New Zealand’s Transport Accident Investigation Commission found it likely that the driver was experiencing microsleeps at the time the train passed the warning and stop boards.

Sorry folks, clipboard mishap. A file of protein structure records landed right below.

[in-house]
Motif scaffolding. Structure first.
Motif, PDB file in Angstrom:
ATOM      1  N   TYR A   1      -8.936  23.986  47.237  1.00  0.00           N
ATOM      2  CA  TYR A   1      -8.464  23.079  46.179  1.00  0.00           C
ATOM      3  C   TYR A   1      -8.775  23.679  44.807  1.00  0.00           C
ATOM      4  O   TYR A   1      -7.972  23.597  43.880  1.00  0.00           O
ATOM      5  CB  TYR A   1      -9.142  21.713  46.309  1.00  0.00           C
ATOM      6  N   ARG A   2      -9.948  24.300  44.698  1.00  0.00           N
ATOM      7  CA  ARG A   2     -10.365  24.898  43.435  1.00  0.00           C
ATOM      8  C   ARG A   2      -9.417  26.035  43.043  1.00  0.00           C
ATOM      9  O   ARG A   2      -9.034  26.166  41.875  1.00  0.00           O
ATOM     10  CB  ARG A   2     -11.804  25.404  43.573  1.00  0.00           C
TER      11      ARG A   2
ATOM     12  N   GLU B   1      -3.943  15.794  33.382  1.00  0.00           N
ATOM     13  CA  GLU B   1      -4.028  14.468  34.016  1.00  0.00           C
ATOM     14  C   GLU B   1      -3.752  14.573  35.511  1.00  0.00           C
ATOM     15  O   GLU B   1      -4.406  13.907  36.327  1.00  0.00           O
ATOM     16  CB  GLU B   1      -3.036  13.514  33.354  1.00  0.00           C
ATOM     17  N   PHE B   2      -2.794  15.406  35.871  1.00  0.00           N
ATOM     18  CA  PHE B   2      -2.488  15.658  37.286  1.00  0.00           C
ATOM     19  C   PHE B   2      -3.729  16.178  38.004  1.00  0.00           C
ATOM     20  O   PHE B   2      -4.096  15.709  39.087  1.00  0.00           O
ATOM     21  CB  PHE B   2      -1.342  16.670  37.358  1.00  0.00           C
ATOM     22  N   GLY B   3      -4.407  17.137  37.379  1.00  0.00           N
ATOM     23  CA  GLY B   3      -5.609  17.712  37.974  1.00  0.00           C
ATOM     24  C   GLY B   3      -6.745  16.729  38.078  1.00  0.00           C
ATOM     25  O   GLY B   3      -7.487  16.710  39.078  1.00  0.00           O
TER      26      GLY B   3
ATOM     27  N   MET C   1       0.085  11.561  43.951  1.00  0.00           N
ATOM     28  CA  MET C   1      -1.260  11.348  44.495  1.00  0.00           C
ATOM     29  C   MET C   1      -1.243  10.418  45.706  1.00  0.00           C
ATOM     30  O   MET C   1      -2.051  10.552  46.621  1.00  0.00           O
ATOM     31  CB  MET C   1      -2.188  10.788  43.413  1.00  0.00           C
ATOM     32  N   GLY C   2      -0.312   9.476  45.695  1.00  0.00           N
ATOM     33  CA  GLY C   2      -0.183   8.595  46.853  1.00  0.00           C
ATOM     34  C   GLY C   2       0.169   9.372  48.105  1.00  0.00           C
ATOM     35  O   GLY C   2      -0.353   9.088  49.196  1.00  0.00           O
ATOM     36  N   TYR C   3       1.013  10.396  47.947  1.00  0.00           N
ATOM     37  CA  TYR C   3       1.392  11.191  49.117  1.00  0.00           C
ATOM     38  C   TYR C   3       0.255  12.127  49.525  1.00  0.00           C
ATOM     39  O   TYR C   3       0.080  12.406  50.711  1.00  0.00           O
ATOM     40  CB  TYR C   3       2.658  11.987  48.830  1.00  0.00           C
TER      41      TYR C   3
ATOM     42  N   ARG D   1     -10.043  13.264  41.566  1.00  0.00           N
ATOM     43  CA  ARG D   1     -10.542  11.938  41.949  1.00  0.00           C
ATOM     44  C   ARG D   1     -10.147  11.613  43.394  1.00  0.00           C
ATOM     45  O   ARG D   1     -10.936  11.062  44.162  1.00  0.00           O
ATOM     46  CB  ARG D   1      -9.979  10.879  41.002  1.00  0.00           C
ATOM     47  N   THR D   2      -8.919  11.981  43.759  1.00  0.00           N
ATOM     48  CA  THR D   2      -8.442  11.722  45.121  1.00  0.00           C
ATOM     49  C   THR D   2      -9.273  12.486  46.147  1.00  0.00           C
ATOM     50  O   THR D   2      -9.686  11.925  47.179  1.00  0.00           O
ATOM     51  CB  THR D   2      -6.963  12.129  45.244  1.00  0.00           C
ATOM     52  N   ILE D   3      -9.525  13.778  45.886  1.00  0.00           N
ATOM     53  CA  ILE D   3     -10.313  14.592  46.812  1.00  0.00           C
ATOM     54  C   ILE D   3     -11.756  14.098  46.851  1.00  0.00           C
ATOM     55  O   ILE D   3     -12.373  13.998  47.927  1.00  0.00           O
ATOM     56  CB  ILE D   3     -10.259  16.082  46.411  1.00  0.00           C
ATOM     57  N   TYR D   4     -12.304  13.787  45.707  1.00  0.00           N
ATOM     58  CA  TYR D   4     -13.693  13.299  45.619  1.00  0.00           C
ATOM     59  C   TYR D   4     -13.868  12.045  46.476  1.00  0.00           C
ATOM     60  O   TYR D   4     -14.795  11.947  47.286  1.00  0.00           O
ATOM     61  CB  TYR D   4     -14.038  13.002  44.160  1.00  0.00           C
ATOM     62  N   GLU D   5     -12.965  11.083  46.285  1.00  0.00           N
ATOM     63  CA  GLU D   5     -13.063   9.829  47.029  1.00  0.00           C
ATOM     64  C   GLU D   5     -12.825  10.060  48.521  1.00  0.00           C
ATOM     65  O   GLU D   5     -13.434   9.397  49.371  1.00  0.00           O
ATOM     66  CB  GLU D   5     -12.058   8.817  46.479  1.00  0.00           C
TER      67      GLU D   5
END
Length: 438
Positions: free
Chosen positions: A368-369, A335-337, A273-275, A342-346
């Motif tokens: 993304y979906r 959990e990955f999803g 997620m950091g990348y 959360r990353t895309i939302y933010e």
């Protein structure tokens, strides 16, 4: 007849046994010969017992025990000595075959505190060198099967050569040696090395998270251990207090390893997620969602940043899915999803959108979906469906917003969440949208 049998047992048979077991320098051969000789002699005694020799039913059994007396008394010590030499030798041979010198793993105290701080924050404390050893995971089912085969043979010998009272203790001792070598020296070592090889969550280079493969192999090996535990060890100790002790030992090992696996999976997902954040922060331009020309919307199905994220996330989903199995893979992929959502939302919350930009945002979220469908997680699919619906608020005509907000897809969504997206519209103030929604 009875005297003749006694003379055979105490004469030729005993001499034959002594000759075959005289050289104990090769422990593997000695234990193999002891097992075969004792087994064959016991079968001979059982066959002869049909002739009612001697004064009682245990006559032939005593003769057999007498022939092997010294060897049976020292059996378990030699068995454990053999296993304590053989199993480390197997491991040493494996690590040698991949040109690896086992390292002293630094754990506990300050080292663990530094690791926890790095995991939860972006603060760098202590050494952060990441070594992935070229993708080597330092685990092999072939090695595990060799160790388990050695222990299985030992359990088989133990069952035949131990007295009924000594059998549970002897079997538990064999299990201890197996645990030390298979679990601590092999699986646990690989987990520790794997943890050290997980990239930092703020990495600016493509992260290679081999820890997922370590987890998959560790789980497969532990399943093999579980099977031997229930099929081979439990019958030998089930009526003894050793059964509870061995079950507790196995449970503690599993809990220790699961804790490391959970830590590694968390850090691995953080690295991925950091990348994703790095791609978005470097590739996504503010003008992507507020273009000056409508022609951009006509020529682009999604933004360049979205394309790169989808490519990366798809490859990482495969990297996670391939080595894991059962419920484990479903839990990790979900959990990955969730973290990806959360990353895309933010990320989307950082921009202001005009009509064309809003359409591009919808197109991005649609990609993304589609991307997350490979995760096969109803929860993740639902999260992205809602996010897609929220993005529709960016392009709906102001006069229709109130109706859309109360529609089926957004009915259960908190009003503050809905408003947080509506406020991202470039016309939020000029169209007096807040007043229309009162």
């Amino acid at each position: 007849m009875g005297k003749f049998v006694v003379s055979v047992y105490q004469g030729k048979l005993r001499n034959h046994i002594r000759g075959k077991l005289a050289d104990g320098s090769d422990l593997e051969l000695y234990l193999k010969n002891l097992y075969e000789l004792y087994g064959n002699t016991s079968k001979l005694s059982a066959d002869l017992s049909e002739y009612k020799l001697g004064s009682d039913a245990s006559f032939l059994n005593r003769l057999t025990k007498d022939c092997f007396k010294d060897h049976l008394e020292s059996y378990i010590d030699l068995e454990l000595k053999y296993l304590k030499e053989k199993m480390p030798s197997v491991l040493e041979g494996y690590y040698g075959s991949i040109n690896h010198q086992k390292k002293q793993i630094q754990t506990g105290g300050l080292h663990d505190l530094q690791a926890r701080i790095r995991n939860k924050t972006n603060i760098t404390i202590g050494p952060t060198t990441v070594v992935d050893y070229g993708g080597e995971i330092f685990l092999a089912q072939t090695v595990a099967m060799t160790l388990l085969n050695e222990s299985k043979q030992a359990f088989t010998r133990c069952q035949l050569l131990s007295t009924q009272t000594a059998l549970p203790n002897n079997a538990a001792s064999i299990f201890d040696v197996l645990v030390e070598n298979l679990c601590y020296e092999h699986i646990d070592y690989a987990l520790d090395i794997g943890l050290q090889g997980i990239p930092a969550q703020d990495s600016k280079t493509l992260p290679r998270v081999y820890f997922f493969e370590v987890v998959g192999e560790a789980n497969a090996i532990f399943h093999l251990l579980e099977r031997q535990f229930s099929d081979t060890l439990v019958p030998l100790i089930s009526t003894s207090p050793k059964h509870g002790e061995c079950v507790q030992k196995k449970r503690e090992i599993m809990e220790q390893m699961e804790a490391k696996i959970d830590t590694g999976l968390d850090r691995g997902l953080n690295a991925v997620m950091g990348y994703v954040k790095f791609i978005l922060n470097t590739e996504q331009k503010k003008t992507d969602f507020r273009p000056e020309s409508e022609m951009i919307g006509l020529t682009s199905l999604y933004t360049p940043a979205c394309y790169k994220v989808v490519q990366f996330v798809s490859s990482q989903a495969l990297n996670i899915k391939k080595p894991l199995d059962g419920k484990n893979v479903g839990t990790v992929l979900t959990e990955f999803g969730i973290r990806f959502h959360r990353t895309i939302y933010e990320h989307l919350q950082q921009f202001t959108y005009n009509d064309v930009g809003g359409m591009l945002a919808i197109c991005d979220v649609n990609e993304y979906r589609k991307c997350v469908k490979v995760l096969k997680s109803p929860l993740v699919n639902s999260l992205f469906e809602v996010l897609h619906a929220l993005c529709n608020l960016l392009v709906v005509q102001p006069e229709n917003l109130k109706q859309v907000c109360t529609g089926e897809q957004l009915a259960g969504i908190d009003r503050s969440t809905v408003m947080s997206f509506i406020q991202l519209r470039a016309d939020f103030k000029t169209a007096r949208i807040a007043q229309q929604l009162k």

The driver was later diagnosed as suffering from a sleep disorder that affects the quality of sleep. Additionally, the driver had had difficulty sleeping the evening prior to the incident due to the hot ambient temperature. The fact that the driver had been awake for more than 10 hours through the night and was nearing the end of the shift was also a factor.